The major focus of my research is on the interface between plants and their environment. Particularly I am interested to understand the physiological responses of plants to their abiotic and biotic environment and the role of plants in the functioning of ecosystems.
I have had extensive research experience in plant ecophysiology and biogeochemistry, with research relating to processes operating at leaf, whole plant and ecosystem scales. My work has recently focused on the process-based investigation of carbon balance, nutrient cycling and fluxes of greenhouse gases in forest ecosystems and the adaptation of trees to environmental stresses. My contribution to this field has been to use physiological and ecological measures to increase our understanding of ecosystem function, with improved process understanding and model development as a goal.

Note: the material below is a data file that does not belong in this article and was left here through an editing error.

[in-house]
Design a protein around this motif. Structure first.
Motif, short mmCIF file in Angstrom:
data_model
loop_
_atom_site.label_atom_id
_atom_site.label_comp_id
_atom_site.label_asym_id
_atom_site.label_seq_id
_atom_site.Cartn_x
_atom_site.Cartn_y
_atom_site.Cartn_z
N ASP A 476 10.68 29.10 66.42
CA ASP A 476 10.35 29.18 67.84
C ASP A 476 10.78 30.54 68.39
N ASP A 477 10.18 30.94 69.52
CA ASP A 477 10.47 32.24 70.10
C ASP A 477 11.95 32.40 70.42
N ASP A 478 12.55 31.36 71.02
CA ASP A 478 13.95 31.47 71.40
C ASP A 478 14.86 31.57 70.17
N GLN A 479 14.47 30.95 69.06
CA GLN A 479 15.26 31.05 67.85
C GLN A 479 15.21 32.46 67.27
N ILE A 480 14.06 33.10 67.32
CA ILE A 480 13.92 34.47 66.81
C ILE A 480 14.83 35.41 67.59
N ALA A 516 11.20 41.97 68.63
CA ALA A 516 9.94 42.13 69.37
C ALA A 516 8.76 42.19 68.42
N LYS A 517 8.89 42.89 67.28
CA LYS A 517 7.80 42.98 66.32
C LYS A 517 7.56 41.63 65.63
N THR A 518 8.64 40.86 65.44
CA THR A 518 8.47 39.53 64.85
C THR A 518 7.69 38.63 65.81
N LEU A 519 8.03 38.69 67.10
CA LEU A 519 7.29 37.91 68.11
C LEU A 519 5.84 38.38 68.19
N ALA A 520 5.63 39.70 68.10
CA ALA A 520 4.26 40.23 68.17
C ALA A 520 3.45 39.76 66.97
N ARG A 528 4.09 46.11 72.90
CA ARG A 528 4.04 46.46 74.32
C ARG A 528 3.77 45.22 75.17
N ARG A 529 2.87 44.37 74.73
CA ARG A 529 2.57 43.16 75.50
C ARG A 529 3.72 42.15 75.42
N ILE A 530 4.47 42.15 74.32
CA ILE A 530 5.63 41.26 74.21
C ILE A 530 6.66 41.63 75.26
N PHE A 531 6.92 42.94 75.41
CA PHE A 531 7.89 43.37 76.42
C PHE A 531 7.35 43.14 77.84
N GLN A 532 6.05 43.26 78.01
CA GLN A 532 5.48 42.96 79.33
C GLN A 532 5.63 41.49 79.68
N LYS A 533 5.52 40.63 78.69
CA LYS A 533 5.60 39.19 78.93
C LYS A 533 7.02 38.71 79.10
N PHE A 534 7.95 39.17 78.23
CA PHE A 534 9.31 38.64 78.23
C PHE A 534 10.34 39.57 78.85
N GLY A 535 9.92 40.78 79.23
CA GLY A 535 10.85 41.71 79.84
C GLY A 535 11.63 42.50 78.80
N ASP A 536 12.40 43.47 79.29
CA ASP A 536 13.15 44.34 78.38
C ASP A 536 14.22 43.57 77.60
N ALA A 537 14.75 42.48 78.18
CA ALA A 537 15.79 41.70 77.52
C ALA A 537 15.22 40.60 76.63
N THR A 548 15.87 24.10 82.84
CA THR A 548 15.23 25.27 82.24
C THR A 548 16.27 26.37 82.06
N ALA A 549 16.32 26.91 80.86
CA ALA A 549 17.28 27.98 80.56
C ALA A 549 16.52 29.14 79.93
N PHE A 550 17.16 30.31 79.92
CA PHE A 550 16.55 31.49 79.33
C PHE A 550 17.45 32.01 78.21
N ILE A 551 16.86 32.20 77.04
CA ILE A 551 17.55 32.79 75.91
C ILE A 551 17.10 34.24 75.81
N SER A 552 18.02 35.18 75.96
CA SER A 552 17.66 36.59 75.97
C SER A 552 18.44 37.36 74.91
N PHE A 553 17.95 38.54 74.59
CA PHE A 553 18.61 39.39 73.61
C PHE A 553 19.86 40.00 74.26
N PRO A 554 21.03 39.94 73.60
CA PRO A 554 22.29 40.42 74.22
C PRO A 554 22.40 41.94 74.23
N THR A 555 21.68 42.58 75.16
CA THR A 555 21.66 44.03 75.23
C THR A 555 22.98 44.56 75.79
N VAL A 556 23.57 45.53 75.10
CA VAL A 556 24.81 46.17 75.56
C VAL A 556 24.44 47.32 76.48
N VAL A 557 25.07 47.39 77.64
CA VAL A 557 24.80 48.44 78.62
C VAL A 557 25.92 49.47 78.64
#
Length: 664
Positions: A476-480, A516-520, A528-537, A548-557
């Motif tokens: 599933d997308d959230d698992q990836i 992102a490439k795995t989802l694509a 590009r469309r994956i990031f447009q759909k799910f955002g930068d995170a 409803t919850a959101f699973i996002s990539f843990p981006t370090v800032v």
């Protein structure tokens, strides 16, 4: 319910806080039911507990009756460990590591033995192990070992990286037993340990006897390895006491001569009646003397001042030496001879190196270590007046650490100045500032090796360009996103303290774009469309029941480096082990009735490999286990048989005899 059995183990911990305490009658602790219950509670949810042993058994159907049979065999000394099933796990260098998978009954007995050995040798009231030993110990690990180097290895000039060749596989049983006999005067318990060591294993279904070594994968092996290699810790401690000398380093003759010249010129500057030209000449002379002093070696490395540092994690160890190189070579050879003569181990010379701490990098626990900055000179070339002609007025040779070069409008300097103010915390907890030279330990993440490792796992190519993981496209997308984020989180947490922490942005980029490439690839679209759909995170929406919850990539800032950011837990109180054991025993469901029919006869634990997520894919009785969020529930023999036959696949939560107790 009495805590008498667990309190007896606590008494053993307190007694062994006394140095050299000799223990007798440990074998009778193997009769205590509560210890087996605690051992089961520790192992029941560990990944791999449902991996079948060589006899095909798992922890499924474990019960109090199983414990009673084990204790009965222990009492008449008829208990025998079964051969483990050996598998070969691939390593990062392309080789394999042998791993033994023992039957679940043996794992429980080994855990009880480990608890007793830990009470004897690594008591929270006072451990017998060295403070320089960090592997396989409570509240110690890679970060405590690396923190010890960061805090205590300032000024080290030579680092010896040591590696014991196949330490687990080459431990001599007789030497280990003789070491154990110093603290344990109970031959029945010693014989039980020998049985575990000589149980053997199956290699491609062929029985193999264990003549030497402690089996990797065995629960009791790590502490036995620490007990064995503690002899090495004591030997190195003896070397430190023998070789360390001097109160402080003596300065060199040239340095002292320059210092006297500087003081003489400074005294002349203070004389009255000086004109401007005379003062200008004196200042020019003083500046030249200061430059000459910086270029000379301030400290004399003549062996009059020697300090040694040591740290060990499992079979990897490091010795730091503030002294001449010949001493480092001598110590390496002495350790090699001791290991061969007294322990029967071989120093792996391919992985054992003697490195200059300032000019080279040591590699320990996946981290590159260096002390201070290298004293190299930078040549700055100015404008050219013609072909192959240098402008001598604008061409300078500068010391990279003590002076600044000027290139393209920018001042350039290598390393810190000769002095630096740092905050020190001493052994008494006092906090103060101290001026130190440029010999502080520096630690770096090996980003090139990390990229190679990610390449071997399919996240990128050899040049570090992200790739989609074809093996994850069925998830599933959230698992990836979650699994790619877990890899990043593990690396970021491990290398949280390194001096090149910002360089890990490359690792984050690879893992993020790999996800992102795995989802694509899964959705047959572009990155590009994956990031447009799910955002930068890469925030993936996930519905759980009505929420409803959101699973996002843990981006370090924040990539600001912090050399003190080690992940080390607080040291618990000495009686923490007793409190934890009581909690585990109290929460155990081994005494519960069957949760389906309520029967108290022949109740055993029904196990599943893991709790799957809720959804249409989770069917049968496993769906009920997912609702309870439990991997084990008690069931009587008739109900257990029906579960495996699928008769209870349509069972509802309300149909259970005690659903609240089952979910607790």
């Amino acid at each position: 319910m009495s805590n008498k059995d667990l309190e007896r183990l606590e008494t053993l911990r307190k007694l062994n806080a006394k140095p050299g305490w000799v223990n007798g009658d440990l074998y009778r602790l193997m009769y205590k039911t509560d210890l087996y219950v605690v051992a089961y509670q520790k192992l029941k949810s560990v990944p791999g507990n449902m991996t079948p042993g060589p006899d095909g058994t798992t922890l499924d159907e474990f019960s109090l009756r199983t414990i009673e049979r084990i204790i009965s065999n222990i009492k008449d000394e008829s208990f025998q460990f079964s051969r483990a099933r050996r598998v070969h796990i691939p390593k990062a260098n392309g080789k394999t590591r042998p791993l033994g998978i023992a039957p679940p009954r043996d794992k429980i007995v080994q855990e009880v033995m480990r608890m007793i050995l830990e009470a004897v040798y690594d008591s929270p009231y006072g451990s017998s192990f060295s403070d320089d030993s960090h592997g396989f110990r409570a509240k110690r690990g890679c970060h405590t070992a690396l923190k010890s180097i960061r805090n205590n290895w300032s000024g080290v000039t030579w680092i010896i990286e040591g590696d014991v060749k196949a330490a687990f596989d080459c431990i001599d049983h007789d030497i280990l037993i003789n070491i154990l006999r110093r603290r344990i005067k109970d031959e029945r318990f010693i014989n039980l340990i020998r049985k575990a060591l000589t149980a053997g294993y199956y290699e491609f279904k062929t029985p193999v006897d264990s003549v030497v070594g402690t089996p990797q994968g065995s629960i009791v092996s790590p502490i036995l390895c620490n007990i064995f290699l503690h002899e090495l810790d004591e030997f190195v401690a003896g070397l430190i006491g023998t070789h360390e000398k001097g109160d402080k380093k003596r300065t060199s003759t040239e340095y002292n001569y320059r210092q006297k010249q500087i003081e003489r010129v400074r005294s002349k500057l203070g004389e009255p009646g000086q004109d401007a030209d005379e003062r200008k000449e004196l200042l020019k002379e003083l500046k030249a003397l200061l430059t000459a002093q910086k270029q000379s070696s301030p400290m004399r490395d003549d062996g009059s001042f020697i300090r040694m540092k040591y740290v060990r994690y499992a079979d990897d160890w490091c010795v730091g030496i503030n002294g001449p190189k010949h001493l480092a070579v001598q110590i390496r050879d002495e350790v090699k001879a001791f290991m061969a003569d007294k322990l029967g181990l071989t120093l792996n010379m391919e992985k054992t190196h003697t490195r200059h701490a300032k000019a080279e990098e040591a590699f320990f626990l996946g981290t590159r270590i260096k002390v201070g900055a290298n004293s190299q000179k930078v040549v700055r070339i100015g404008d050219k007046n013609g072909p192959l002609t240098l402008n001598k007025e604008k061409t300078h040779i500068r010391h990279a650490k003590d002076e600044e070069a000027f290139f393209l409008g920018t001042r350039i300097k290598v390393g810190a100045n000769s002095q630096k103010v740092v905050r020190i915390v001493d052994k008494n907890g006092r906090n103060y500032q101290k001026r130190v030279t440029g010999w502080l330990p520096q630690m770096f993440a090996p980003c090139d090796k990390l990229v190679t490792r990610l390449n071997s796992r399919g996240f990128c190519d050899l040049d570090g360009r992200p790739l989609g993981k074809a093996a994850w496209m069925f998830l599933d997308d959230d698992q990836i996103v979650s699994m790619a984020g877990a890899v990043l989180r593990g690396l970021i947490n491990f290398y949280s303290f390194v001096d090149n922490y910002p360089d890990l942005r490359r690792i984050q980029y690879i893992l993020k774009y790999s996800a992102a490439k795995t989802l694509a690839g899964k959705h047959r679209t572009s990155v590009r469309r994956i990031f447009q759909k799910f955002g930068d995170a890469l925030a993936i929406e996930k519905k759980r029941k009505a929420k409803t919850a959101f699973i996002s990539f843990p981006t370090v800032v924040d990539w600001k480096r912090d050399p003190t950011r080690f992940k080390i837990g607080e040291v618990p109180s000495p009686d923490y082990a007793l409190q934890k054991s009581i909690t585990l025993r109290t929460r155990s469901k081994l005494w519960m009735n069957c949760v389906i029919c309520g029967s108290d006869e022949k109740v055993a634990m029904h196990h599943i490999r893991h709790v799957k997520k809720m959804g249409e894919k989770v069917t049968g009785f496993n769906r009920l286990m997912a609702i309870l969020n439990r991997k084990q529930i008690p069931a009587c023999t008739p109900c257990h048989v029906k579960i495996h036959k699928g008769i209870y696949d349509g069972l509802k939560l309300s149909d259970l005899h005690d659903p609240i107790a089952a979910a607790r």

- biogeochemistry of terrestrial ecosystems, particularly the ecosystem carbon dynamics under changing climatic conditions,
- greenhouse gas fluxes in forest ecosystems,
- adaptations of plants to the environment and changing environmental conditions,
- evaluation of ecological and physiological mechanisms that enable growth and survival of plants and communities,
- assessment of the effects of environmental stresses on plants and their responses.